House Votes to Repeal Online Privacy Regulations Issued by Obama Administration
The House of Representatives voted Tuesday to block online privacy regulations issued during the final months of the Obama administration, a first step toward allowing internet providers such as Comcast, AT&T and Verizon to sell the browsing habits of their customers, according to the Associated Press.
The Federal Communications Commission (FCC) rule was designed to give consumers greater control over how internet service providers share information. But critics said the rule would have added costs, stifled innovation and picked winners and losers among internet companies.
The House voted 215-205 to reject the rule, and sent the legislation to President Donald Trump for his signature. The vote is part of an extensive effort that Republicans have undertaken to void an array of regulations issued during the final months of Democratic President Barack Obama's tenure. But the vote was closer this time than previous rescind efforts, with 15 Republicans siding with Democrats in the effort to keep the rule in place.
Minority Leader Nancy Pelosi (D-CA), said the Republican-led effort was about putting profits over the privacy concerns of Americans.
"Overwhelmingly, the American people do not agree with Republicans that this information should be sold, and it certainly should not be sold without your permission," Pelosi said to the Associated Press. "Our broadband providers know deeply personal information about us and our families."
Internet companies like Google don't have to ask users' permission before tracking what sites they visit. Republicans and industry groups have blasted that discrepancy, saying it was unfair and confusing for consumers.
But proponents of the privacy measure argued that the company that sells you your internet connection can see even more about consumers, such as every website they visit and whom they exchange emails with.
Undoing the FCC regulation leaves people's online information in a murky area. Experts say federal law still requires broadband providers to protect customer information — but it doesn't spell out how or what companies must do. That's what the FCC rule aimed to do.
The Trump-appointed chairman of the FCC, Ajit Pai, is a critic of the broadband privacy rules and has said he wants to roll them back. He and other Republicans want a different federal agency, the Federal Trade Commission, to police privacy for both broadband companies like AT&T and internet companies like Google. GOP lawmakers said they cared about consumer privacy every bit as much as Democrats did.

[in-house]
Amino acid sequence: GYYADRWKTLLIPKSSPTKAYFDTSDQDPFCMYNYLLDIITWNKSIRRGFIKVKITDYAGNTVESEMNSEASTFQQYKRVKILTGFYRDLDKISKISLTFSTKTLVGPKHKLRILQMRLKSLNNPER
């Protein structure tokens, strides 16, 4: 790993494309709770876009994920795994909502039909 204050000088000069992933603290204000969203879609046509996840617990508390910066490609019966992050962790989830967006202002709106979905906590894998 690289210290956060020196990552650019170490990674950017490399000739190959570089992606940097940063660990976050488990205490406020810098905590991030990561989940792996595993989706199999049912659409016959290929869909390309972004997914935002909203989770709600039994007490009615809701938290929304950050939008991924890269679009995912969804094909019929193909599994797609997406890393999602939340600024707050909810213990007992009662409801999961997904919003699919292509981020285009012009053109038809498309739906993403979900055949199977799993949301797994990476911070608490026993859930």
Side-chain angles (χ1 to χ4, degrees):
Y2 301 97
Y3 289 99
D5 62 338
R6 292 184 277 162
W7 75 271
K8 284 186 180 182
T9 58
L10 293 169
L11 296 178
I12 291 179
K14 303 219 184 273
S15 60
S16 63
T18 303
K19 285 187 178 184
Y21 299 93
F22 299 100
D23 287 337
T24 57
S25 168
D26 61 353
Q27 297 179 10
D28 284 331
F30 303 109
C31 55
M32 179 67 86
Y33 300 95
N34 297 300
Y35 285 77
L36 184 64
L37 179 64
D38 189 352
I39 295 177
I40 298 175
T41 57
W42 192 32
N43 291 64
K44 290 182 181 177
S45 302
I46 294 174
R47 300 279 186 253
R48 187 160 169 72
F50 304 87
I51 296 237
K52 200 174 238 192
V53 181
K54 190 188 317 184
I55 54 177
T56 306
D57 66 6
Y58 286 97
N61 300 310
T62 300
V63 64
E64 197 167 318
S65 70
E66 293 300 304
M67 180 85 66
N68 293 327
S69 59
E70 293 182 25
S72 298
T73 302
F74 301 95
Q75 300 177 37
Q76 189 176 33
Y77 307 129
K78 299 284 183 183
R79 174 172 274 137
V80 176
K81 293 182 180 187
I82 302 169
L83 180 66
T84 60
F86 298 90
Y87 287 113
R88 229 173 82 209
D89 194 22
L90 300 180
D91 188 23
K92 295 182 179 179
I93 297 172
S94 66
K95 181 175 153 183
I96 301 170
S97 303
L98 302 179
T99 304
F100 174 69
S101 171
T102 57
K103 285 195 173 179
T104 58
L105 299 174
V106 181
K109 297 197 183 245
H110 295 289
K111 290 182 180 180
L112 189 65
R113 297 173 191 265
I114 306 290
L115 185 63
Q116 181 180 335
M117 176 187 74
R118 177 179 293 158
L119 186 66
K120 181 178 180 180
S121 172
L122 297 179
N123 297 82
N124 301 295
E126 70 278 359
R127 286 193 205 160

"What America needs is one standard across the internet ecosystem and the Federal Trade Commission is the best place for that standard," said Rep. Greg Walden (R-OR).
Republican Leader Kevin McCarthy of California said the FTC has acted as America's online privacy regulator since the dawn of the internet. He called the rule an effort to strip the agency of that role.
"The internet has become the amazing tool that it is because it is largely left untouched by regulation — and that shouldn't stop now," McCarthy said.
Republican Rep. Kevin Yoder of Kansas parted ways with his Republican colleagues on the issue. He said the privacy protections were "commonsense measures" that would have ensured internet users continue to have control over their personal information.
"We don't want the government having access to our information without our consent, and the same goes for private business," Yoder said.
Broadband providers don't currently fall under FTC jurisdiction, and advocates say the FTC has historically been a weaker agency than the FCC.
The American Civil Liberties Union urged Trump to veto the resolution, appealing to his populist side.
"President Trump now has the opportunity to veto this resolution and show he is not just a president for CEOs but for all Americans," said the ACLU's Neema Singh Guliani.
Republicans repeatedly discounted the privacy benefits generated by the rule. Over the last two months, they've voted to repeal more than a dozen Obama-era regulations in the name of curbing government overreach. The criticism of their efforts was particularly harsh Tuesday.
"Lawmakers who voted in favor of this bill just sold out the American people to special interests," said Rep. Jared Polis (D-CO).
Richard Chang is associate editor of THE Journal. He can be reached at [email protected].